Brains at the Bevy is back!

Brains at the BEVY 2019
A series of short and enlightening talks from local academics

After running 3 successful series of ‘Brains at the Bevy’ talks we are delighted to announce a fourth series in 2019. These talks will take place at The Bevendean Community Pub in Moulsecoomb and are open to all!  They start at 6pm and last for an hour, including lots of time for questions and discussion. Tea and coffee will be provided during the talk and all are welcome to stay on afterwards to enjoy food and drink available at the Bevy.This programme is funded by the Widening Participation team at the University of Brighton.

The Bevy is at 50 Hillside, Brighton BN2 4TF -the 49 Bus stops outside the pub. Talks are free and all are welcome but booking is essential! Please RSVP to cupp@brighton.ac.uk and clearly state which talks you would like to attend.

6pm 24th April: Arianne Shahvisi, Brighton and Sussex Medical School:
The NHS and the hostile environment

The government is making it more and more difficult for migrants to access the NHS. Is this fair? What is the actual cost of health tourism? What about the migrants who staff the NHS? Which countries do they come from, and why do they choose to work here? This talk asks whether the current rules are fair, and explores the way in which the NHS in fact relies on the rest of the world.

6pm 22nd May:  Josh Cameron, University of Brighton
Why work should be good for our health not make us sick – and how!

Research shows that work can be good for our physical and mental health. But it also shows that work can make people sick. In this session I will invite people to discuss this and, crucially, what research says about how we can make more work better for our health and well-being.

6pm 3rd July:  Mark Devenney, University of Brighton
Being Improper.

We live in world organised around explicit and implicit rules which determine the proper ways of living, speaking and acting. In this talk I argue that the proper in all its forms limits possible ways of thinking the future – and I defend the idea that democracy is always improper.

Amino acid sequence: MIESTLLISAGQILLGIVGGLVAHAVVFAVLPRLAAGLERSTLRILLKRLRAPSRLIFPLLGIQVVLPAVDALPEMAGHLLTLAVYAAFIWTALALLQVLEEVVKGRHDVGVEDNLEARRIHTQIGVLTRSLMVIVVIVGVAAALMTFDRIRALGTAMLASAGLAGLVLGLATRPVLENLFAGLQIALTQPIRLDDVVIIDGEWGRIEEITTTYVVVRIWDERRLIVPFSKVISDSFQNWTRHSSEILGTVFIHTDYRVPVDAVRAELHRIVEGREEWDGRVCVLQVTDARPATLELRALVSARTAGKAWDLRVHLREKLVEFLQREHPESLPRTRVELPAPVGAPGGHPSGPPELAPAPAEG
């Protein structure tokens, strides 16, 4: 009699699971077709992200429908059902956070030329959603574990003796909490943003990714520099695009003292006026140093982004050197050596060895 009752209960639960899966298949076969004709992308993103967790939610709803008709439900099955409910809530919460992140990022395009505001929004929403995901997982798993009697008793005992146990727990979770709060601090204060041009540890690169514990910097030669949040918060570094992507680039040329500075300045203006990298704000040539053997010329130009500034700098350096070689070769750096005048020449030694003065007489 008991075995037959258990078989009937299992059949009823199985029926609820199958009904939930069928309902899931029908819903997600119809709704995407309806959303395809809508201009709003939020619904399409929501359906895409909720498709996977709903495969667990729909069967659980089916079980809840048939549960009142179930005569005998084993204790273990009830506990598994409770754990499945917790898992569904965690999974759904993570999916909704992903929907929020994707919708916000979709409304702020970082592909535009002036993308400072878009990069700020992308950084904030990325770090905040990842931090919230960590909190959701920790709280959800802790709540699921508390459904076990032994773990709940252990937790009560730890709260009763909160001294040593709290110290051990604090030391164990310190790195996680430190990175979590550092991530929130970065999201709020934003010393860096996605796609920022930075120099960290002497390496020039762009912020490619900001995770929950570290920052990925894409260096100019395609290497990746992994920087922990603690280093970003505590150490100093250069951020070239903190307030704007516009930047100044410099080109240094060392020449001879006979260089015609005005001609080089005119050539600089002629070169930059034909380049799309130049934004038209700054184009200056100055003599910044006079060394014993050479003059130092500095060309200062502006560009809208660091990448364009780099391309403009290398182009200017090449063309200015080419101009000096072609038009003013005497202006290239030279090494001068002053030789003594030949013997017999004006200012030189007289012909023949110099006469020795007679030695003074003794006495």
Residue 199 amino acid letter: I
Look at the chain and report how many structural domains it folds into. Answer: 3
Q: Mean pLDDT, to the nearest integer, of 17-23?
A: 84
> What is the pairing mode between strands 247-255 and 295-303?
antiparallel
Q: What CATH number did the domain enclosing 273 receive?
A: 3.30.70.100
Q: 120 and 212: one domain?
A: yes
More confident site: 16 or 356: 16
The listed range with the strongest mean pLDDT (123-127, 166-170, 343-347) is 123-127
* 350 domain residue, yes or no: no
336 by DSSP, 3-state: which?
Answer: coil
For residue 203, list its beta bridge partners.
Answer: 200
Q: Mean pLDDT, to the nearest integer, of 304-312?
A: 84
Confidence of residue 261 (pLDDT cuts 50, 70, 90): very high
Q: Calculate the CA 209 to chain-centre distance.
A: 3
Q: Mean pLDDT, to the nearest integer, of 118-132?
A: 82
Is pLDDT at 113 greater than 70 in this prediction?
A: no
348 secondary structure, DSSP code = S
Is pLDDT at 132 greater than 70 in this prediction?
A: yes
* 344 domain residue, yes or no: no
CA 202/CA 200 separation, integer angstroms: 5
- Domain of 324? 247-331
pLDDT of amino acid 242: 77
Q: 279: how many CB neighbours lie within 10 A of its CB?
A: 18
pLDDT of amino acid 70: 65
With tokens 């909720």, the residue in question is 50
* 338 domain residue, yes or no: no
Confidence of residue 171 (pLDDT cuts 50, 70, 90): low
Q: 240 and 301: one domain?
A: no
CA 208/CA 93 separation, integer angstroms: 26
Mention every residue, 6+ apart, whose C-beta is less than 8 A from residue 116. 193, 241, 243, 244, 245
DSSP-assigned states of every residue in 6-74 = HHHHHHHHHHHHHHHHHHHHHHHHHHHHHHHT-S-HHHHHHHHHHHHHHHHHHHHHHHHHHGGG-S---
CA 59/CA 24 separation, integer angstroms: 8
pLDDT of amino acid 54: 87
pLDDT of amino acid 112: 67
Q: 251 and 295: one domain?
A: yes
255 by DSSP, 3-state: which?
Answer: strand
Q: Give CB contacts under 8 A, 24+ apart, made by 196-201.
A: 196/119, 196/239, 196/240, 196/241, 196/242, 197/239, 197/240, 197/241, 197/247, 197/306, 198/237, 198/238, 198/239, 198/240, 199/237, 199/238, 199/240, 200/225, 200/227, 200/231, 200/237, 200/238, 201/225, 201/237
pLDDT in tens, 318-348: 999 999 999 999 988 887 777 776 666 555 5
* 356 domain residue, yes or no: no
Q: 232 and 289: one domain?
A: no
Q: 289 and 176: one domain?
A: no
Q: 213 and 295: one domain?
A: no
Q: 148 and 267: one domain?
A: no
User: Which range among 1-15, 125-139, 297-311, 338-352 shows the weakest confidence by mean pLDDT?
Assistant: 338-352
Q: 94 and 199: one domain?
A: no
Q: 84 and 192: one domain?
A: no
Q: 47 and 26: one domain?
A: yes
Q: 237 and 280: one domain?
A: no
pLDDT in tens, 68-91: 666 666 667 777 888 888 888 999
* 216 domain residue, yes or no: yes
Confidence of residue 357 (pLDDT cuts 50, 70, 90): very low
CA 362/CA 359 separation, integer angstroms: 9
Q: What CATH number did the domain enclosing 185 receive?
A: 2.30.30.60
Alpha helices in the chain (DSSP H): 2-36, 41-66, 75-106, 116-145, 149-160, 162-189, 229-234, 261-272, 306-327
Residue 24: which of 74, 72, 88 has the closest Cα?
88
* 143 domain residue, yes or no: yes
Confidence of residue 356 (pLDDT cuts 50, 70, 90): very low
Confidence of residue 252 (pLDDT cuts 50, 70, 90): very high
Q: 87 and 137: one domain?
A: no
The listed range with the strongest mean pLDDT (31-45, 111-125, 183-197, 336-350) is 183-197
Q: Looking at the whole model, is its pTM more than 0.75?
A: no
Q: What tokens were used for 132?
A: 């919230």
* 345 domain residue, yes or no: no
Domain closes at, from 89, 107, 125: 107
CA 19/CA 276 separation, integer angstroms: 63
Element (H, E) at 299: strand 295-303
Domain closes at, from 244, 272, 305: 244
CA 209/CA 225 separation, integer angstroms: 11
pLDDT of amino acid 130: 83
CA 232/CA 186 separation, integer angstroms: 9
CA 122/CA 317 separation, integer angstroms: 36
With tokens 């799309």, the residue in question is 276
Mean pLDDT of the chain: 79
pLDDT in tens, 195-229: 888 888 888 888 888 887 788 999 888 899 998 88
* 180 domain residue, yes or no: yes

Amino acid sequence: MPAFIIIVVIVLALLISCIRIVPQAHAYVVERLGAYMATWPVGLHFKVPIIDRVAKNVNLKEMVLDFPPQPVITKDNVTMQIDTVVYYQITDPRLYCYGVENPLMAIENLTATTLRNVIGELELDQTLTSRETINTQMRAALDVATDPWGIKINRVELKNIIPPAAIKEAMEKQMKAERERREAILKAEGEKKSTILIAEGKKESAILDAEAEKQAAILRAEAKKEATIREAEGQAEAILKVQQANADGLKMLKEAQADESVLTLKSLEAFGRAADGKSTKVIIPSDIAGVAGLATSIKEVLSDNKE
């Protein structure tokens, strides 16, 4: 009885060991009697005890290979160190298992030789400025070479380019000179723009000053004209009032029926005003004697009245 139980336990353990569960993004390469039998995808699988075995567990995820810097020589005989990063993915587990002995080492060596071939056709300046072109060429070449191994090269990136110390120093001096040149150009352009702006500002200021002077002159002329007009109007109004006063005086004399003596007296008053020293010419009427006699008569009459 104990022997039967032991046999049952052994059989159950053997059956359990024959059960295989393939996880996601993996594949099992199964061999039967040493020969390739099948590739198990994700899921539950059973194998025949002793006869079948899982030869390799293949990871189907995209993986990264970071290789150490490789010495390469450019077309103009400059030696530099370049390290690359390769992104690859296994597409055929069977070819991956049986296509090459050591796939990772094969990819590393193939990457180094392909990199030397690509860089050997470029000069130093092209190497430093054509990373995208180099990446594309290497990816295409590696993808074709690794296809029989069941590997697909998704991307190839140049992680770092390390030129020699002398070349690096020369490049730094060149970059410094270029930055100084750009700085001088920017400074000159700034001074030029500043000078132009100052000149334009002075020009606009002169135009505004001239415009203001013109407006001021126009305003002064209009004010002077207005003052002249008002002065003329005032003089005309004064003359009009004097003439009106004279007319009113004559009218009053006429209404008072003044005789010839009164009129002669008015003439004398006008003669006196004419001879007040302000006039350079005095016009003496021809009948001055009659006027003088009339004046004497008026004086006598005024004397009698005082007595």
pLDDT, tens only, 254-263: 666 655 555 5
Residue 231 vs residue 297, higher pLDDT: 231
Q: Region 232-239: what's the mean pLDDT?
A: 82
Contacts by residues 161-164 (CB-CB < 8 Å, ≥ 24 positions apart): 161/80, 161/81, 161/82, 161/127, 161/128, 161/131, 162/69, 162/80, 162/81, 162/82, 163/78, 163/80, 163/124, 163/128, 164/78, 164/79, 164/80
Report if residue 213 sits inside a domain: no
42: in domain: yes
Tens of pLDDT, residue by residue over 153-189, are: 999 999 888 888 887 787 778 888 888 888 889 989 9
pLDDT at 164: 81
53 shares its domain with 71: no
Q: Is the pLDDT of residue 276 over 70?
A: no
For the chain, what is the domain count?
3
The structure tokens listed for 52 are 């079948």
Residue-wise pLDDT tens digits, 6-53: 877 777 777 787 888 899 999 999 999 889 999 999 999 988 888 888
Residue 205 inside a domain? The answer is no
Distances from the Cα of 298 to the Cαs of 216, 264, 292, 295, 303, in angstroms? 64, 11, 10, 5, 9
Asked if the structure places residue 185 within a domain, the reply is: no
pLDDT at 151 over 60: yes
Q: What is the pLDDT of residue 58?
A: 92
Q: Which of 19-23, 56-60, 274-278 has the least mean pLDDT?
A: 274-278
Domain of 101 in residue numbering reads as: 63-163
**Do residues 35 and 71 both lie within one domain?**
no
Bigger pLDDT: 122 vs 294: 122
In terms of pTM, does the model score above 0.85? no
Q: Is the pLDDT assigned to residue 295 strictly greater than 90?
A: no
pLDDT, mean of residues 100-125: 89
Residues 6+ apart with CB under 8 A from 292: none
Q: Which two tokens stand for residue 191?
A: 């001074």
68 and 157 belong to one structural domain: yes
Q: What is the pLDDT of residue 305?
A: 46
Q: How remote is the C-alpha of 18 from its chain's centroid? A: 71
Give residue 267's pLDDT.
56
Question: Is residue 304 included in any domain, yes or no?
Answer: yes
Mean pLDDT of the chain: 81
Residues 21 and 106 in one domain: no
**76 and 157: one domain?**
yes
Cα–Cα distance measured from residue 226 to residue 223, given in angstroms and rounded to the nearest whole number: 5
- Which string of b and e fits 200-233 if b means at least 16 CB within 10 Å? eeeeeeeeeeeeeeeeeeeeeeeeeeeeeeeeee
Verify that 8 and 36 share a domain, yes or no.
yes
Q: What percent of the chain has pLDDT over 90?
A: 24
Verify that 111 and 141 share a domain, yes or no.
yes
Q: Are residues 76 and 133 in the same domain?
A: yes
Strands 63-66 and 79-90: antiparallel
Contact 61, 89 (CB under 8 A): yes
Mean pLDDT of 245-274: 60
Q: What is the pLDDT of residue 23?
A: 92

6pm 25th September: Sarah Cork, University of Brighton
Stop telling me to eat 5 a day and help me do it!
We can’t open the newspaper, turn on the news or look at Facebook without seeing someone telling us to ‘eat this’ or ‘don’t’ eat that’ or ‘move more’ or ‘move differently’. Yet we know that giving people information doesn’t change behaviour. This talk will explore taking a social marketing approach to health behaviour change – using the way we sell the ‘bad things’ to sell the ‘good things’.  To make change we know we need to develop the right products, and make them easy to get hold of, affordable and attractive. Hear from social marketing and behavioural science about ways to encourage healthy behaviours that makes it easier to ‘do the right thing’.

6pm 30th October: Ilse Pienaar University of Sussex
What makes a brain cell vulnerable in the face of brain degenerating disease?
The brain contains hundreds of thousands individual units called cells. This talk will explore what makes a brain cell vulnerable to brain degenerating diseases such as Alzheimer’s and Parkinson’s disease? What makes the diagnosis so tragic is that most of us also know that once diagnosed, modern medicine cannot cure a patient, and a patient faces a long and slow decline in everyday functions they previously took for granted.  I will share research that can help in designing more effective therapies to restore the abilities of specific cell types, allowing for improved benefits for patients, whilst producing fewer side-effects.